Generation gap

Parents see more benefits to a diagnosis of autism than their affected children do — perhaps unsurprising, given young people’s overwhelming desire to fit in with their peers.

By Deborah Rudacille
27 May 2011 | 3 min read
This article is more than five years old.
Neuroscience—and science in general—is constantly evolving, so older articles may contain information or theories that have been reevaluated since their original publication date.


Parents and children often disagree about what’s best for the children. So it comes as no surprise that children with autism think differently about a critical issue — what it means to be diagnosed with autism — than their parents do.

According to a new study of ten families in the U.K., parents expect that the diagnosis will give their children access to better educational opportunities and services such as speech and occupational therapy. But the children, aged 9 to 16, see few advantages to a diagnosis of autism or Asperger syndrome and seem eager to distance themselves from it.

Unlike adults with Asperger syndrome, who have had time to accept the diagnosis and, in some cases, to embrace their identity as ‘Aspies,’ youngsters find little to celebrate in their status.

The small study is among the first to explore these differing perceptions, and the researchers plan to evaluate their findings in a larger group.

The families had all spent years seeking a diagnosis for their children. Researchers interviewed the parents and children separately at home.

According to the parents, the greatest benefit of a diagnosis is a deeper understanding of their child and the ability to explain their child’s behavior to others. Some also said they feel less guilt about their child’s difficulties knowing it is not because of their parenting, and appreciate the opportunity to interact with other parents of children with autism.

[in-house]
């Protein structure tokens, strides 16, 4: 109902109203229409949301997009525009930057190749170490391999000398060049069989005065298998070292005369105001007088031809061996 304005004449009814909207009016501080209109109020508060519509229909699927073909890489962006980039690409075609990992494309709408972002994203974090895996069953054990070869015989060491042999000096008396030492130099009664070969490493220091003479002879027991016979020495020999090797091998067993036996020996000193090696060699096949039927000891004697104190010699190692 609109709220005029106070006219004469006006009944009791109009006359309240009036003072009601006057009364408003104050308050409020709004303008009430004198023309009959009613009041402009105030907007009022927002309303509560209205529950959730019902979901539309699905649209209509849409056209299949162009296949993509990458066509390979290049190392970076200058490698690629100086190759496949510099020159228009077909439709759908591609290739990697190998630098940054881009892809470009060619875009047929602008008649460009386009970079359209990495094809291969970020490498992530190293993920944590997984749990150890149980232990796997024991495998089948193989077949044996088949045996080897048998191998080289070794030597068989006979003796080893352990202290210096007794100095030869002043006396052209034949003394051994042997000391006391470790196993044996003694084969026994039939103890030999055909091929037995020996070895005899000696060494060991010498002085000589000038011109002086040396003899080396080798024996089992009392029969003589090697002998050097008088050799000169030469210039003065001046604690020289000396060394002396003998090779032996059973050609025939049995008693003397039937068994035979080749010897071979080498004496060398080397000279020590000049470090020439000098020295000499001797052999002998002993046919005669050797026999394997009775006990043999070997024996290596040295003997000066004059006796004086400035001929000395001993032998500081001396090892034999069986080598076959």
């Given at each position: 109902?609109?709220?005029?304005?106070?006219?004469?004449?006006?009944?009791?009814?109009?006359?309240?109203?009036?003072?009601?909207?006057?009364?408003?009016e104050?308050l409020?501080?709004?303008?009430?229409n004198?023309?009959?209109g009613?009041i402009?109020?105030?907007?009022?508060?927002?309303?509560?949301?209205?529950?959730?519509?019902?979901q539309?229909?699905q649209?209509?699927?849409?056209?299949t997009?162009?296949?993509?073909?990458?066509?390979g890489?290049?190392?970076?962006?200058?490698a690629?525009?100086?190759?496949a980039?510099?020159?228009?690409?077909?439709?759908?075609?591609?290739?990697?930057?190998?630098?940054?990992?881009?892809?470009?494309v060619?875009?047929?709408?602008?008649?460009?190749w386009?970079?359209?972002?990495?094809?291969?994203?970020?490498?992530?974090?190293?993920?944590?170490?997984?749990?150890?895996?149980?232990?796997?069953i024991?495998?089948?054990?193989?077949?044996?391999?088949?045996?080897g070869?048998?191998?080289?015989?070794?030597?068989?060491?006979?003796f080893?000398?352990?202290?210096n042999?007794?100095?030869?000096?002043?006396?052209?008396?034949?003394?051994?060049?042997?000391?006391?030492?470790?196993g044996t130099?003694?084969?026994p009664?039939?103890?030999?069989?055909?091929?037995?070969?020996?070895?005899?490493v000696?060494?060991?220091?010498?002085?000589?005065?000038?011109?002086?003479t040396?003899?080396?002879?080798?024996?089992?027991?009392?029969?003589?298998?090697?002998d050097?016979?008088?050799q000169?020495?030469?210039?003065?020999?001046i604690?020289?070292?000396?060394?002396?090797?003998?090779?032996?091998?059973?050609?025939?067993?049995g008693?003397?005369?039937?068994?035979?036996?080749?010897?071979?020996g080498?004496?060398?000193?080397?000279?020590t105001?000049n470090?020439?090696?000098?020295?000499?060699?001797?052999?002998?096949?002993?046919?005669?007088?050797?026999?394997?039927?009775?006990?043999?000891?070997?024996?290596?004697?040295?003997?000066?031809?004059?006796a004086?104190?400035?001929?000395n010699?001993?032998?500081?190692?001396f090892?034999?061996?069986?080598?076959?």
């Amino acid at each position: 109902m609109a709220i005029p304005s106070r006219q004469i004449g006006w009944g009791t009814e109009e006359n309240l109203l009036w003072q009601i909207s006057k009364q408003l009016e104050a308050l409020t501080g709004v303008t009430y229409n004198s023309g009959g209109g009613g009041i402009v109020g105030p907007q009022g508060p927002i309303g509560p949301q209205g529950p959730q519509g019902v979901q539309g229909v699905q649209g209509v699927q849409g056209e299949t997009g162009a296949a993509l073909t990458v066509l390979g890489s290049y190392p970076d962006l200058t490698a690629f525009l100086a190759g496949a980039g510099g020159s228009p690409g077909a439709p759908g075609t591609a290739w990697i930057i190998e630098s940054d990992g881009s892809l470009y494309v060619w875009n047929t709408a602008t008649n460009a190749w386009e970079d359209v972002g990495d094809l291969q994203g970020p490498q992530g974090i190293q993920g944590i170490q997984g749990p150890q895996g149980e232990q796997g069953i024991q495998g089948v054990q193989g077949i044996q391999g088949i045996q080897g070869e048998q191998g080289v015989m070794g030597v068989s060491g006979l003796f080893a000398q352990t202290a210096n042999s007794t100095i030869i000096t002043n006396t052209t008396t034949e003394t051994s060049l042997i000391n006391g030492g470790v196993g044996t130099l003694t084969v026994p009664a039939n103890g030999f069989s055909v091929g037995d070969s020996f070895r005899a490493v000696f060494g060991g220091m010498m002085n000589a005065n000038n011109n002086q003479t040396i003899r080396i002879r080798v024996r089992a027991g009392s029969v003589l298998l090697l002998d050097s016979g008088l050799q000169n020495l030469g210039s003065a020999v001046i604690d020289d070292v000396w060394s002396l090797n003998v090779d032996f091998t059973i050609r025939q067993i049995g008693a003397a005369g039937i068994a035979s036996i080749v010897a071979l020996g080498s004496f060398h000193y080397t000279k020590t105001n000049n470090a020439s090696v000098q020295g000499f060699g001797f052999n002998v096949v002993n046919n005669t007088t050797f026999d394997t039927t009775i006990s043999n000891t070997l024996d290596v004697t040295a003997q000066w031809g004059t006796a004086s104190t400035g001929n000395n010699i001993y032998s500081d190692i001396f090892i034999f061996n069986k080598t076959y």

They also view the diagnosis as an enormous help in getting schools to meet their child’s needs. Some even described it as a ‘weapon’ or ‘ammunition’ in their on-going battles with local school districts.

The children saw things differently. Most showed a distinct lack of interest in their diagnosis, and said it hasn’t made a difference at school.

Only two of the children reported feeling different from their peers. However, most worry either that their classmates will treat them differently after learning about the diagnosis or already do treat them differently. One boy said that he is seen as ‘the weird kid’ by students who know he has autism.

Given the Lord of the Flies atmosphere of middle school — where differences of any kind are often cruelly mocked — this is not surprising. Another new study from Canada shows that children with autism are at greater risk of being bullied at school than their typical peers.

Classroom bullies are not likely to distinguish the difference between Asperger syndrome and high-functioning autism when choosing a target. The distinction also seems meaningless to the parents and children in the U.K. study. Both seemed confused about the difference between Asperger syndrome and autism, and, with one exception, said there isn’t much difference in being diagnosed with one or the other.

Over the past decade, many adults with Asperger syndrome have claimed their identity as ‘Aspies’ with pride, promoting neurodiversity as beneficial to society.

The new study suggests that children with Asperger syndrome may need to outgrow their need to fit in with peers — a trait they share with typically developing kids — before they can view autism as a blessing, rather than a burden.